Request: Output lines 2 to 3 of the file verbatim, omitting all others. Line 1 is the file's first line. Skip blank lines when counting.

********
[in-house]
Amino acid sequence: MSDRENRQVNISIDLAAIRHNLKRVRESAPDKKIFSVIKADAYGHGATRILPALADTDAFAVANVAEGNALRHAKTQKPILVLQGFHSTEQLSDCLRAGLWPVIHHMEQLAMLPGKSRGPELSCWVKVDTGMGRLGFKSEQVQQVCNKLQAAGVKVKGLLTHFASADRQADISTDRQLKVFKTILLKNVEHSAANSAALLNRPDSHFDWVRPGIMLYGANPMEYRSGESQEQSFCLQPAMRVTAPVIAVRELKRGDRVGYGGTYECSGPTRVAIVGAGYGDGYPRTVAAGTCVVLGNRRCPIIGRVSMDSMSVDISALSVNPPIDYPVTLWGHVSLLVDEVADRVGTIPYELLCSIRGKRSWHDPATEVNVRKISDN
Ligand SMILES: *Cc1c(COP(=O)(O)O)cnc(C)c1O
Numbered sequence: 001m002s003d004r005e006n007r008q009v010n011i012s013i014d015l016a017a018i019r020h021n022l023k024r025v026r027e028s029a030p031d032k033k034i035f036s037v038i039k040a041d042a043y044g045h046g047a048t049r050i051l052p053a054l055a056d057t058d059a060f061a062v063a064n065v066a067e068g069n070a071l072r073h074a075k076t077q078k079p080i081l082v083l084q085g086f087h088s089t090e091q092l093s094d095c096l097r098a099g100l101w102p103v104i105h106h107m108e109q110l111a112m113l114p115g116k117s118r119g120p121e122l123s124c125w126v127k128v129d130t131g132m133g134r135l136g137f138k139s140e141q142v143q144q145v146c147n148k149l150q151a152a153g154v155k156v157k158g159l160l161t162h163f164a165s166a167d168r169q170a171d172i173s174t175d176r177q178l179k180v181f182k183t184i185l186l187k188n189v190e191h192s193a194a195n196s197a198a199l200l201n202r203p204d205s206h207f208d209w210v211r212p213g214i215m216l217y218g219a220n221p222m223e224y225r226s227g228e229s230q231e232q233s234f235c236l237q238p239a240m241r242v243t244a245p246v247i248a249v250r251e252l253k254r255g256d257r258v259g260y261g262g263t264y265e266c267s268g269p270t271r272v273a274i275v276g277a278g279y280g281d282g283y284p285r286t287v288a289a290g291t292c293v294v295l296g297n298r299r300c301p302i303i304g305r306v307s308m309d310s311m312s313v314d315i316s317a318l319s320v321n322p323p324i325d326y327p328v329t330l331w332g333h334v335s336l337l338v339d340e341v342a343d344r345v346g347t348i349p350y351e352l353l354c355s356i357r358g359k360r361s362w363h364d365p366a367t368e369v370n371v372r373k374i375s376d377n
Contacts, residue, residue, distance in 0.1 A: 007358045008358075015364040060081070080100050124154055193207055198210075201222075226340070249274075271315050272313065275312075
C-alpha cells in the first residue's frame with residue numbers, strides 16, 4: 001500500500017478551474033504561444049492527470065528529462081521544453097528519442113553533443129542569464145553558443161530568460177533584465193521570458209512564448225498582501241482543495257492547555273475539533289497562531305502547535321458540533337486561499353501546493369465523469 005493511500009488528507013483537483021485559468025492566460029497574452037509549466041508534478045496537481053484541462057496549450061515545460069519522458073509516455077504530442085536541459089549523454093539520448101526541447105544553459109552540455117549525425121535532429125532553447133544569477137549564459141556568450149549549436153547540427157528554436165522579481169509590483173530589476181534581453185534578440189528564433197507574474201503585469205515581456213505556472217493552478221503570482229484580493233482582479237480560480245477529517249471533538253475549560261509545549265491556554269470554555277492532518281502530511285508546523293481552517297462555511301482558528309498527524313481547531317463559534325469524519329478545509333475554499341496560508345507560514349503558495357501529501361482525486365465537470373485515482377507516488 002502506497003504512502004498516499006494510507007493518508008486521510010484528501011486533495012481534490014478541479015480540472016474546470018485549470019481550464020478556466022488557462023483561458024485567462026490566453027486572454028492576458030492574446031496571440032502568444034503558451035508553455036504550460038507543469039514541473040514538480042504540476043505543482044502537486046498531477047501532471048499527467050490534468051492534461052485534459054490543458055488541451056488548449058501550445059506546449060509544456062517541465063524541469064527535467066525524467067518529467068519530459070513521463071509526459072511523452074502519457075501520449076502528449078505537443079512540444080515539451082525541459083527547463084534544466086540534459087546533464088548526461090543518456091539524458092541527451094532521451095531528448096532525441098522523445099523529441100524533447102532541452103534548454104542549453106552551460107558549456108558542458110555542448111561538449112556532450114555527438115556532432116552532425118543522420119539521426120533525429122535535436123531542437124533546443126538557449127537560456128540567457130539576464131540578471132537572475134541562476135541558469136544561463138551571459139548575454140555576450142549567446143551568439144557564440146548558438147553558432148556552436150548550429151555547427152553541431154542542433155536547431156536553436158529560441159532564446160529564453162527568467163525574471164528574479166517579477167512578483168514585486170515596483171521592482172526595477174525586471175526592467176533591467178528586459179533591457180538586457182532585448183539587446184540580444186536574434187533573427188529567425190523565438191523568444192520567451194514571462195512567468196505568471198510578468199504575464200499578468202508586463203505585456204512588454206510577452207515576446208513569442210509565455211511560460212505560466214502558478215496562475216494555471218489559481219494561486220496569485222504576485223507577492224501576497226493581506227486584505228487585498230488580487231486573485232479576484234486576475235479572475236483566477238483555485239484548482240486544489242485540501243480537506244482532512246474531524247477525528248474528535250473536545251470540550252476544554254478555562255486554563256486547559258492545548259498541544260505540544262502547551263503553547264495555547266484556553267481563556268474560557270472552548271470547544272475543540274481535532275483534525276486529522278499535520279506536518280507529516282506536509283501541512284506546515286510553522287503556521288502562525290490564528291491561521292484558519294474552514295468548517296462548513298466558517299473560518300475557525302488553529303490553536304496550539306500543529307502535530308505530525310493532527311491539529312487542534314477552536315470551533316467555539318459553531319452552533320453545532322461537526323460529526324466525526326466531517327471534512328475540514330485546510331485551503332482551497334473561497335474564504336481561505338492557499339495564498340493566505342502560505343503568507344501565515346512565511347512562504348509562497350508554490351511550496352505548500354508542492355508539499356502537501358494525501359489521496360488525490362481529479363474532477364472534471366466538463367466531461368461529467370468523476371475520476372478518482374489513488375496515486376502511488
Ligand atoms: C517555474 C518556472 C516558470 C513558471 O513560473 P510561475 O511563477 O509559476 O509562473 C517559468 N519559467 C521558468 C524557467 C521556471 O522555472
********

Amino acid sequence: MSDRENRQVNISIDLAAIRHNLKRVRESAPDKKIFSVIKADAYGHGATRILPALADTDAFAVANVAEGNALRHAKTQKPILVLQGFHSTEQLSDCLRAGLWPVIHHMEQLAMLPGKSRGPELSCWVKVDTGMGRLGFKSEQVQQVCNKLQAAGVKVKGLLTHFASADRQADISTDRQLKVFKTILLKNVEHSAANSAALLNRPDSHFDWVRPGIMLYGANPMEYRSGESQEQSFCLQPAMRVTAPVIAVRELKRGDRVGYGGTYECSGPTRVAIVGAGYGDGYPRTVAAGTCVVLGNRRCPIIGRVSMDSMSVDISALSVNPPIDYPVTLWGHVSLLVDEVADRVGTIPYELLCSIRGKRSWHDPATEVNVRKISDN
Ligand SMILES: *Cc1c(COP(=O)(O)O)cnc(C)c1O